For the past 14 years, this team has generated and disseminated a large body of information on soil pest management practices. By improving the implementation and efficacy of biosolarization, the team is seeking to create an alternative to soil fumigants—a DPR priority issue. Solarization is a well-established pest management practice. Biosolarization, and its cousin anaerobic soil disinfestation, are newer and lend themselves to innovations in quality and implementation. The team's work on quantifying the factors that influence effectiveness has the potential for tailoring treatments to individual sites and reducing pesticide use throughout California. In addition to managing soil pests and pathogens, biosolarization practices promoted by the team aim to improve soil health and reduce landfill waste. Members of the team have been conducting outreach and collaborating with industry, academic/research groups, and public stakeholders for many years. More information is available at https://ucanr.edu/sites/solarization/ andhttps://youtu.be/6EtyhFVCDhM.
The award was presented Feb. 12 at Cal-EPA headquarters in Sacramento during a ceremony recorded at https://www.facebook.com/CaPesticideRegulation/videos/362918121219643.
Kabashima honored for volunteer achievement
The polyphagous shot hole borer, an invasive wood-boring beetle, attacks dozens of tree species in Southern California, including commercial avocado groves, common landscape trees and native species in urban and wildland environments. The beetle spreads a disease called fusarium dieback, which can kill trees.
“Noticing insufficient support from the California state legislature, John spearheaded an Invasive Species Summit in January 2018 to develop consensus recommendations that conservation organizations would use to lobby state legislatures,” said the RRISC. “This effort, in consultation with John, developed two bills based on the Summit's recommendations, and retained $5 million to address invasive shot hole borers. While the efforts to maintain funding and awareness continue, John's excellent, actionable leadership has helped produce important awareness for a pressing invasive species issue.”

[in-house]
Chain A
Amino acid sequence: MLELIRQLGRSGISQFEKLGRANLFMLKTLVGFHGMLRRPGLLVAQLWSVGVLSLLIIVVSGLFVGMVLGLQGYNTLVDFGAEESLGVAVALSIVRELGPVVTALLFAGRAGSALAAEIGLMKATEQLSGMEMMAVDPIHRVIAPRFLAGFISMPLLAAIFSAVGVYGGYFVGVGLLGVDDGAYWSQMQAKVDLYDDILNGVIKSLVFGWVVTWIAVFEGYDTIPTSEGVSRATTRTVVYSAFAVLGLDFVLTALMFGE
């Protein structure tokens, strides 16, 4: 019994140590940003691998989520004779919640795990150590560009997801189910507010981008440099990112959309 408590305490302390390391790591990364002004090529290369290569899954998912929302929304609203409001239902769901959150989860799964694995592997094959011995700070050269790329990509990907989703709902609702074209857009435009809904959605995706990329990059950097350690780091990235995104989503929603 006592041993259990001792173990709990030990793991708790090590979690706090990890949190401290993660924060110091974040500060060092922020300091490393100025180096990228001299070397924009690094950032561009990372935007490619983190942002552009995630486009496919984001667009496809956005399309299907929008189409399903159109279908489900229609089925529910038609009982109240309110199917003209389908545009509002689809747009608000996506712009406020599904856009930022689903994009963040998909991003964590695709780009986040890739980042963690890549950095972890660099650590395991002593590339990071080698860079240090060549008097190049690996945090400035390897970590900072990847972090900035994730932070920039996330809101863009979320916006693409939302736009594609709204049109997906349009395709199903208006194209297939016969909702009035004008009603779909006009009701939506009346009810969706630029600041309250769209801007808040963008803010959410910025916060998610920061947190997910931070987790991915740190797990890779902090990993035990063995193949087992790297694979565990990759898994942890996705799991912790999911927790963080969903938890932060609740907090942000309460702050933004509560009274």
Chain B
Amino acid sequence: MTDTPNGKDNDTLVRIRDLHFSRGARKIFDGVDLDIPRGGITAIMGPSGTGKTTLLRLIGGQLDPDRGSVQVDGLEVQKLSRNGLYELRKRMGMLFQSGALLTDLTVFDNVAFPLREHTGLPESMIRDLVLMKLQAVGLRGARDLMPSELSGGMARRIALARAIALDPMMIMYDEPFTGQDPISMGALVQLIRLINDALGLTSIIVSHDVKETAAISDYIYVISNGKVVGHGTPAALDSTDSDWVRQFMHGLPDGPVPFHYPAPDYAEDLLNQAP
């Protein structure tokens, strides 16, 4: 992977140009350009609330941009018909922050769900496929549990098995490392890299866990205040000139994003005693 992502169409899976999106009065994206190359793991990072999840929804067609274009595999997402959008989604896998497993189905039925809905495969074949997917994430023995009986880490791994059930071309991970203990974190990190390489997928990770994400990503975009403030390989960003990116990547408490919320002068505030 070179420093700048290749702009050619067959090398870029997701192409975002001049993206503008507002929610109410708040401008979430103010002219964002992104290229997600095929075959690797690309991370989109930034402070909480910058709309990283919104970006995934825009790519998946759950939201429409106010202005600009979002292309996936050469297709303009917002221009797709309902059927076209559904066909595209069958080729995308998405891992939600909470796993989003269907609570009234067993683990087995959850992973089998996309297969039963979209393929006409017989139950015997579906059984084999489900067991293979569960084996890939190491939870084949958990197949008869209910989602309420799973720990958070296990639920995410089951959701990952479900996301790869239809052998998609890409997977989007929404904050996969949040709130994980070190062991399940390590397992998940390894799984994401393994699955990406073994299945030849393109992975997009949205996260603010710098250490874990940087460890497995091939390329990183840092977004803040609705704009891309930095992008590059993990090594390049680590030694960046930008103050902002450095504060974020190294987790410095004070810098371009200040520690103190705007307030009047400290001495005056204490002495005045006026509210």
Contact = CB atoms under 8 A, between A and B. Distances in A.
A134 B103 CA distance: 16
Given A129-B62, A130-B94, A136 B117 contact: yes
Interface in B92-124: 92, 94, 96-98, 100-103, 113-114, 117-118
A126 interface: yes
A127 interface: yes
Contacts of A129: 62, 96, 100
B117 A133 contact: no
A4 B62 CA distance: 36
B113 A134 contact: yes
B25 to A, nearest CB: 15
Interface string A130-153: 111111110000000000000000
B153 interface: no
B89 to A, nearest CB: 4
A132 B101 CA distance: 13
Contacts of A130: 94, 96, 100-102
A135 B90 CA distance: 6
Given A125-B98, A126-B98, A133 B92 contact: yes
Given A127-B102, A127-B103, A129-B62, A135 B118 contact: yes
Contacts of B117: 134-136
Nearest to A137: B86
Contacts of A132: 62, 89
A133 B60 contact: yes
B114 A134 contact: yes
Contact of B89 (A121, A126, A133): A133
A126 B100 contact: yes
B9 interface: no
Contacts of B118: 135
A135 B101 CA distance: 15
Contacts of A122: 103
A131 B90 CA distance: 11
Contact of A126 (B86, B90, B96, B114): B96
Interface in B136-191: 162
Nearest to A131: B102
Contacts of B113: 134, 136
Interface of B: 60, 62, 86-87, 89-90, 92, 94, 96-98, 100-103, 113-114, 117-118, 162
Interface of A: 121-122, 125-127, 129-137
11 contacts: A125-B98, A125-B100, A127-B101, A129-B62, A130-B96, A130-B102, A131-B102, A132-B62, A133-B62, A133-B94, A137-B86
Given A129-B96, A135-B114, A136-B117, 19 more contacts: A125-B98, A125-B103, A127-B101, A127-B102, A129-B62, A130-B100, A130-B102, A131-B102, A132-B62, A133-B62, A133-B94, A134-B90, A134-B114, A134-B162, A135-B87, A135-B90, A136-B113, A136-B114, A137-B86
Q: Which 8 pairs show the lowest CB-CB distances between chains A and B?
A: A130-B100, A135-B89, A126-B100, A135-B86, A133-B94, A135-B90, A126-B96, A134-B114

Sourbeer and Zacarias receive EFNEP awards
USDA's National Institute of Food and Agriculture presented awards to two California women for their role in the Expanded Food and Nutrition Education Program (EFNEP). EFNEP participant Johana Zacarias of Yolo County and Leah Sourbeer, UCCE EFNEP supervisor, were honored at the 50th Anniversary celebration at the National EFNEP Coordinators Conference in Virginia, March 11-14.
Zacarias, a young mother of four children, participated in EFNEP at Cedar Lane Elementary School in Olivehurst, Calif. EFNEP educator Sonia Rodriguez suggested participants check with their doctors before changing their exercise and dietary habits. Zacarias visited her doctor and discovered she had early stage fatty liver disease.
“I was 220 pounds, never exercised, nor controlled my diet,” Zacarias told an EFNEP educator. “Because of the changes I made coming to EFNEP, using the Walk Indoors CD, I now weigh 166 pounds, and my liver is normal.”
Sourbeer, who supervises seven EFNEP educators in Alameda and Contra Costa counties, developed online systems to enable educators to capture outcome data and success stories. She seeks out professional development opportunities for herself and staff to enhance evidence-based nutrition knowledge, teaching methodologies, and social determinants of health.
“Leah demonstrates exceptional programmatic skills,” her nominators wrote. “She often mentors other EFNEP supervisors and represents EFNEP staff on two university-wide committees.”
Long honored with Bradford Rominger Ag Sustainability Leader Award
Rachael Long, UC Cooperative Extension advisor covering integrated pest management for field crops in Yolo, Solano and Sacramento counties, is the recipient of the 2019 Bradford Rominger Agricultural Sustainability Leadership Award.
During her career with UCCE, Long has been a pioneer in developing practices to protect water quality from agricultural crop production, helping farmers meet state mandates for clean surface water. She worked on hedgerows, documenting that field edge plantings of native California plants attract beneficial insects, including bees and natural enemies, for better pest control and pollination in adjacent crops. She documented that birds and bats are farmer allies; they help control codling moths in walnut orchards. She promotes hawks and barn owls for control of rodent pests. She has also written numerous publications focusing on agronomic practices for managing pest, weeds, and diseases in field crop production.
At the time she started her research projects over 25 years ago, her ideas were way outside the box and on the fringe. Now her work is mainstream with the UC IPM guidelines incorporating the value of habitat planting for enhancing natural enemies and pollinators on farms for better pollination and biocontrol of crop pests. The California Healthy Soils Initiative and Natural Resource Conservation Service have cost-share funding for hedgerow establishment on farms for pest management and carbon sequestration.
Long continues to do research on hedgerows, but more importantly, she strives to be a leader by teaching others about agriculture and the need to have co-existence between farming, food production, and wildlife conservation for a better world for all.
Long received the award at a presentation May 28 in the UC Davis Walter A. Buehler Alumni Center. Read more at https://ucanr.edu/blogs/blogcore/postdetail.cfm?postnum=30262.